Ford’s Electrified Lineup Will Thrill with “No-Compromise”

The thrill of untamed electric exhilaration is coming.

That’s according to a member of a select group given special access to Ford’s Mustang-inspired all-electric SUV, which is being officially unveiled Nov. 17.

Darren Palmer, Ford Team Edison’s global PD BEV director, said that building a ground-up all-electric vehicle will allow Ford to do things it was never able to do in the past.

“We’re taking full advantage of that,” he said, “and this vehicle will generate performance you’ve never felt in a car before.”

The performance Palmer is alluding to is a surprisingly smooth, constant power and instant acceleration that defies expectations.

“It feels almost like the foot pedal is connected to your neck muscles,” he said. “The moment you press that pedal, you feel the pressure on your neck, and it’s so unusual to drive something with such direct feedback.”

And it’s not just for performance drivers.

“It’s for zipping around,” Palmer said. “Some people like more outright acceleration, but everyone wants more responsiveness.”

When people feel it, he said, they don’t want anything else – which is great, save for one small issue.

“You don’t get it until you drive it,” he said. “We’ve tried to explain it to people using charts and graphs, and they’ll nod and say ‘yes, I get it,’ but when they finally get in the product, they say ‘oh my goodness, I never realized how this would actually feel.”

The only way to understand that kind of immediacy and power, Palmer said, is to experience it for one’s self.

“There’s a lot of confusion about what fully electric vehicles do,” Palmer said. “Many of the all-electric vehicles of the past haven’t given much to the customer except better fuel economy, so that’s typically what people associate them with.”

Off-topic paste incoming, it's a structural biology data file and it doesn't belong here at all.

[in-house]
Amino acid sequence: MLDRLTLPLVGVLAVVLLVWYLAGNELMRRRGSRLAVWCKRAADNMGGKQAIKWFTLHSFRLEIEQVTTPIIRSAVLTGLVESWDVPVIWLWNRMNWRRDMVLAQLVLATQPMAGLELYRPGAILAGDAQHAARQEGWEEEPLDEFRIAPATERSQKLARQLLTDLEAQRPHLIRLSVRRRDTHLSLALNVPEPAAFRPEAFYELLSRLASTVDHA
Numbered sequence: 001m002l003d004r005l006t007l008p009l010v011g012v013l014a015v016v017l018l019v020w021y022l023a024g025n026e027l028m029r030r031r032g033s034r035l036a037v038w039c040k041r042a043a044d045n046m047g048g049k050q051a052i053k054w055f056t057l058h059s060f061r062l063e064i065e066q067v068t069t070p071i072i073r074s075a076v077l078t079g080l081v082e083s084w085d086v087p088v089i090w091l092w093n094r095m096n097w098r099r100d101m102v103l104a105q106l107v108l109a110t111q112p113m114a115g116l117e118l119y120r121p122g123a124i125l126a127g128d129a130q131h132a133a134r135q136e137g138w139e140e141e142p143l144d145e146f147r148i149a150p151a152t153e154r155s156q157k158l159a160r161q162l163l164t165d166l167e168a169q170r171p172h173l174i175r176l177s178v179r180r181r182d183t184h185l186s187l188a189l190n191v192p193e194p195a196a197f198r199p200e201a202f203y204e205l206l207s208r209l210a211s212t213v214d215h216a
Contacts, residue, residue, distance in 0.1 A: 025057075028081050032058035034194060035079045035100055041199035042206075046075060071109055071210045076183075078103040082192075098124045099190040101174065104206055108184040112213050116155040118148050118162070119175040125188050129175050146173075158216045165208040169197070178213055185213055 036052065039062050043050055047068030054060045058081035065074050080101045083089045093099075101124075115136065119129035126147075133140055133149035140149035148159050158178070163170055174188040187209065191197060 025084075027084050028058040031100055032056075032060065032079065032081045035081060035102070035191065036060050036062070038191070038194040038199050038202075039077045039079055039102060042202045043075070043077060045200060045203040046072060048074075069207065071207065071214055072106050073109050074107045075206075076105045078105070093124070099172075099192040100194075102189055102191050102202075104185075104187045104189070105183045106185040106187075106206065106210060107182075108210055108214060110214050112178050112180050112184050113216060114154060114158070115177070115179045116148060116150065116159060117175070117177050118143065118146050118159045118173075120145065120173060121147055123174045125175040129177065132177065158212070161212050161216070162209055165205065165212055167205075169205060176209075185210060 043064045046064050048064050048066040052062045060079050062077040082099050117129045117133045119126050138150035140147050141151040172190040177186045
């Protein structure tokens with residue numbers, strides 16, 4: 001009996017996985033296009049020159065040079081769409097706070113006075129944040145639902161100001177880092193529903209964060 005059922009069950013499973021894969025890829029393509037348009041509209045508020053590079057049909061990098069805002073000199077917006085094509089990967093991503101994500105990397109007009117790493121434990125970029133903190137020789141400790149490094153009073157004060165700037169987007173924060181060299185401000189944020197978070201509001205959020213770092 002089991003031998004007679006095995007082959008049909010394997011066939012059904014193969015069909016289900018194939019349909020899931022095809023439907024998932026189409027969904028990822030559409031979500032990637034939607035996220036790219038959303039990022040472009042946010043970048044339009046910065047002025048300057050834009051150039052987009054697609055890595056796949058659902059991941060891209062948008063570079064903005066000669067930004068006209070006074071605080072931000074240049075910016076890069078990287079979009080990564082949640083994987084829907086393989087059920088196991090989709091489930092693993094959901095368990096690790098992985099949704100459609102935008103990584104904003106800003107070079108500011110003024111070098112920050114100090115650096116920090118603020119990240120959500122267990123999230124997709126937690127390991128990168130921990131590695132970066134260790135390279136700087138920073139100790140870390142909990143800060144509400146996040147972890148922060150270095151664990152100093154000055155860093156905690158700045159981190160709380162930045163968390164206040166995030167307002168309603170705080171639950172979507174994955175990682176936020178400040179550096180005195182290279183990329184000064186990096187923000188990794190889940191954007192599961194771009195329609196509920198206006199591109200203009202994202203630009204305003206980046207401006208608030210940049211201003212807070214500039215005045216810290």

But today, that perception is changing. The Chicago Police Department will soon take delivery of 200 pursuit-rated Ford Police Interceptor Utility Hybrid in a nod to the officer safety, capability and potential cost savings the all-new pursuit-rated hybrid provides.

The new hybrid has the potential to save police departments across the country millions of dollars in fuel costs but that’s not the only benefit.

In testing completed by the Michigan State Police in September, preliminary results show the all-new Ford Police Interceptor Utility Hybrid had the fastest 0-60 and 0-100-mph acceleration, the fastest lap, fastest average lap and highest top speed of 138 mph versus competitive police utility vehicles, including V8-powered entries. It was outperformed only by Ford’s own 3.0-liter EcoBoost Police Interceptor Utility.

And Ford isn’t compromising on its civilian hybrids, either. With an 18-gallon fuel tank, the all-new Explorer Limited Hybrid RWD has an EPA-estimated range of more than 500 miles between fill-ups, and an EPA-estimated range of more than 450 miles for vehicles with four-wheel drive.

In addition to saving on fuel costs, it offers towing capability of up to 5,000 pounds – 1,500 pounds more than a 2019 Toyota Highlander Hybrid and the same as a properly equipped 2019 Explorer with a 3.5-liter EcoBoost® engine.

And with an all-electric Mustang-inspired SUV, Ford is continuing to make that electrified power available to the masses thanks to countless hours of cross-functional teamwork.

“Ford is going to be part of the democratization of this technology throughout the world,” Palmer said. “Every single thing we’ve achieved is the result of cross-functional teamwork.”

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